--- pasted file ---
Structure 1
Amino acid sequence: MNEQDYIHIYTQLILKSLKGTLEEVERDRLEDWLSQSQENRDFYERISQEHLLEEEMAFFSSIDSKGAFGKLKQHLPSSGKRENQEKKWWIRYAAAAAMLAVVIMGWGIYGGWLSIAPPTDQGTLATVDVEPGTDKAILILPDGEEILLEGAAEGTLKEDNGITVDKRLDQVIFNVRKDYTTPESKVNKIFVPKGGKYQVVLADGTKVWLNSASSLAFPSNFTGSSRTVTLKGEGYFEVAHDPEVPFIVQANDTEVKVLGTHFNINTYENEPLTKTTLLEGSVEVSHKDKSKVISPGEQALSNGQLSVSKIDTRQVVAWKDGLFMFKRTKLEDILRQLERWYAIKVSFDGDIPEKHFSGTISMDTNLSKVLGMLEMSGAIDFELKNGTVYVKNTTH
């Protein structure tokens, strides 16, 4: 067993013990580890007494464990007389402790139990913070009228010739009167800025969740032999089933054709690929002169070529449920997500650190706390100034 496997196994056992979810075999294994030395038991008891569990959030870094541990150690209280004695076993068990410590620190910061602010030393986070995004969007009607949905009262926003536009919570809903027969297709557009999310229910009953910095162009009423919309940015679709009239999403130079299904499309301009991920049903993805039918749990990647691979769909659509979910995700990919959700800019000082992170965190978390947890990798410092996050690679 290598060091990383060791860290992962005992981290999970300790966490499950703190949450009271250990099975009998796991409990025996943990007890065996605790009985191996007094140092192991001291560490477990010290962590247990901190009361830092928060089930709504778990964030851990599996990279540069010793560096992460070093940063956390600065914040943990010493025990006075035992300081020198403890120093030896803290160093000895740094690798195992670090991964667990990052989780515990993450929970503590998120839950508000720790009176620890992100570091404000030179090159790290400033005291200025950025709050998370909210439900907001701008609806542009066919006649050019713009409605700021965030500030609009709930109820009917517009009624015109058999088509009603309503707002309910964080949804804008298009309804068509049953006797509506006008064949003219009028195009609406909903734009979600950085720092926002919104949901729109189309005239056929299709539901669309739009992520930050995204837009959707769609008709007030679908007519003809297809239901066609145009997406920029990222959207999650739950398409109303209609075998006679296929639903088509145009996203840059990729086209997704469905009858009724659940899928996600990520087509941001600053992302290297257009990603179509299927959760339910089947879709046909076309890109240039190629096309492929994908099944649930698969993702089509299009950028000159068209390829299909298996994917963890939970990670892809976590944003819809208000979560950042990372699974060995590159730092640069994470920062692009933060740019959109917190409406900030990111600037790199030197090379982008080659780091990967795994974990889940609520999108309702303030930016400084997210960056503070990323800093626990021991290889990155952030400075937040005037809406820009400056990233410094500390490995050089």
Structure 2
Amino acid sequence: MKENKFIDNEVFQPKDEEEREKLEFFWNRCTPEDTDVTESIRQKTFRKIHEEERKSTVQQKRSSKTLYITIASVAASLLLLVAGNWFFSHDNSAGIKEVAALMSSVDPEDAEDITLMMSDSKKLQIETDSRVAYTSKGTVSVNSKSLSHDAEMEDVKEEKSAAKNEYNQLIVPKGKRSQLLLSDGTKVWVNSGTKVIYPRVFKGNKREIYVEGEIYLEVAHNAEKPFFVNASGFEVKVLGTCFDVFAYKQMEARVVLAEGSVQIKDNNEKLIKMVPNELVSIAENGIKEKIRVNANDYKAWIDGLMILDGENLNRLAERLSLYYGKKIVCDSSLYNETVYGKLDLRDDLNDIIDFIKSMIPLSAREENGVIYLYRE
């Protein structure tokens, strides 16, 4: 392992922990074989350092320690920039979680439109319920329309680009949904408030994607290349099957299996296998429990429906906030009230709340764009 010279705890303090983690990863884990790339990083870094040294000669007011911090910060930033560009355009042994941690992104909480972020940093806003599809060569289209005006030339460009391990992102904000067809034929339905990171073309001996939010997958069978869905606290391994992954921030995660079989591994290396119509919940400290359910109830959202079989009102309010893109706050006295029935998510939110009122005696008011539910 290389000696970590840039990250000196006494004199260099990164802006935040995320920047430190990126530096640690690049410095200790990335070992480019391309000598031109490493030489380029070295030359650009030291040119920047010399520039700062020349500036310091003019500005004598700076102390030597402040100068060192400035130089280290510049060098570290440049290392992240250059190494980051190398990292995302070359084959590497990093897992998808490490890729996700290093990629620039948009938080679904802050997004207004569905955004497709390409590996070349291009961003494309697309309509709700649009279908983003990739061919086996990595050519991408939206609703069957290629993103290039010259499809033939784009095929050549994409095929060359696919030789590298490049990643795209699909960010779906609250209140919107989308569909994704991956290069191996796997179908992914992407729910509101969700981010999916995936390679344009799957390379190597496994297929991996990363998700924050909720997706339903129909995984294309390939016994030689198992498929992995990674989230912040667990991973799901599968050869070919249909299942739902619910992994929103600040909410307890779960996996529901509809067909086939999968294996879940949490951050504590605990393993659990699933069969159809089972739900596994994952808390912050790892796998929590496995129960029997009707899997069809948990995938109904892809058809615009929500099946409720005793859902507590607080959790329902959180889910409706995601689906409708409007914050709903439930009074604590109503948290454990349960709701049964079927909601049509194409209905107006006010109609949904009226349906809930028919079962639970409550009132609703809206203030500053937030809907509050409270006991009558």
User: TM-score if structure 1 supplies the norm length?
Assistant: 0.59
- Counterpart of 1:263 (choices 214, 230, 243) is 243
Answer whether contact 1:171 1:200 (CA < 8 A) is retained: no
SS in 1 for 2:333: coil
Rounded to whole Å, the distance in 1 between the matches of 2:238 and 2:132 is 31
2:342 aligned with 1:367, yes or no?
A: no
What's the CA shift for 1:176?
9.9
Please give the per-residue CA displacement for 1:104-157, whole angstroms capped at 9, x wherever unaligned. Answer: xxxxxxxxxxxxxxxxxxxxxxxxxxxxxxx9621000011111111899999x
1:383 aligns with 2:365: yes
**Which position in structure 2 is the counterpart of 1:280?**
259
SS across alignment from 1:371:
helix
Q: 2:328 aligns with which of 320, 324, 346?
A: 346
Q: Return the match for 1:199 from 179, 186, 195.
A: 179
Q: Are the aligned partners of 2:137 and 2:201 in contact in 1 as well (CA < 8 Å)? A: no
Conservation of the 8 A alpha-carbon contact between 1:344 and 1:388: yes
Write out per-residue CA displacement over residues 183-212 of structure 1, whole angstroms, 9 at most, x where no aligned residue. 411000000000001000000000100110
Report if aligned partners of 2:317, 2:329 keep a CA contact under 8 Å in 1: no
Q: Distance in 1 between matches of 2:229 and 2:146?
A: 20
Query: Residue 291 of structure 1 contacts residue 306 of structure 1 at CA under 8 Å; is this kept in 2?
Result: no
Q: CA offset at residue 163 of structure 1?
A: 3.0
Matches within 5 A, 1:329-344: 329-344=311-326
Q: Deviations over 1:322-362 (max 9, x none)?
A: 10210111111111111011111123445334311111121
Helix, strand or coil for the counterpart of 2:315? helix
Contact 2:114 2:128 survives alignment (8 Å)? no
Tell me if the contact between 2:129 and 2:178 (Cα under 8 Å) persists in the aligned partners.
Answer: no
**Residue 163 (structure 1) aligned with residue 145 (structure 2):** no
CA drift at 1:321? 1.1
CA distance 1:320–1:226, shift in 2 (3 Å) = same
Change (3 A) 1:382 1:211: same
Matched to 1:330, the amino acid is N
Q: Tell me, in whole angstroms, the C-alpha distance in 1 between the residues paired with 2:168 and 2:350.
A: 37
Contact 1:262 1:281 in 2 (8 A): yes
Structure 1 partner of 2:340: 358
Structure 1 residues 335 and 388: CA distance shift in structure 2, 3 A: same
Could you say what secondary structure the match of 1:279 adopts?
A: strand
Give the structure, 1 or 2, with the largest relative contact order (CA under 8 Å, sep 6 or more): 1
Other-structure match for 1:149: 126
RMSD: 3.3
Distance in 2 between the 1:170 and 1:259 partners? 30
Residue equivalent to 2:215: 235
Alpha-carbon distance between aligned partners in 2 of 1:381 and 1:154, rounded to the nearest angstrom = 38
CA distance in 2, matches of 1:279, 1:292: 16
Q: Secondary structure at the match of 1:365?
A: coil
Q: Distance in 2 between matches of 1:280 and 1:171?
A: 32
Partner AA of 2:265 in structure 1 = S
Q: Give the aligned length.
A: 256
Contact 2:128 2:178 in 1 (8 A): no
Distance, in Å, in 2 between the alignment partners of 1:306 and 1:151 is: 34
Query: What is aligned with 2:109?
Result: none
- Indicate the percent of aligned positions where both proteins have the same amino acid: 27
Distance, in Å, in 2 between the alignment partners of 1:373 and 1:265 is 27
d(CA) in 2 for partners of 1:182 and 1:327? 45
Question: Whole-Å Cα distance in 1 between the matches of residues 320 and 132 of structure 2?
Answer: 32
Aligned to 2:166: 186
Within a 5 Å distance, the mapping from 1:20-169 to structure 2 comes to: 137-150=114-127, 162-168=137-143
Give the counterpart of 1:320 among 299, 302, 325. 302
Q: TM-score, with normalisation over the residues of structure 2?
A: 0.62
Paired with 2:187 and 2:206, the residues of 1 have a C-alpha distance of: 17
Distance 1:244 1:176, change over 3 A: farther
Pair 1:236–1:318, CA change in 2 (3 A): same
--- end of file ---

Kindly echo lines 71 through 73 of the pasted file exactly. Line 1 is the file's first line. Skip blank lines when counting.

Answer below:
Distance, in Å, in 2 between the alignment partners of 1:306 and 1:151 is: 34
Query: What is aligned with 2:109?
Result: none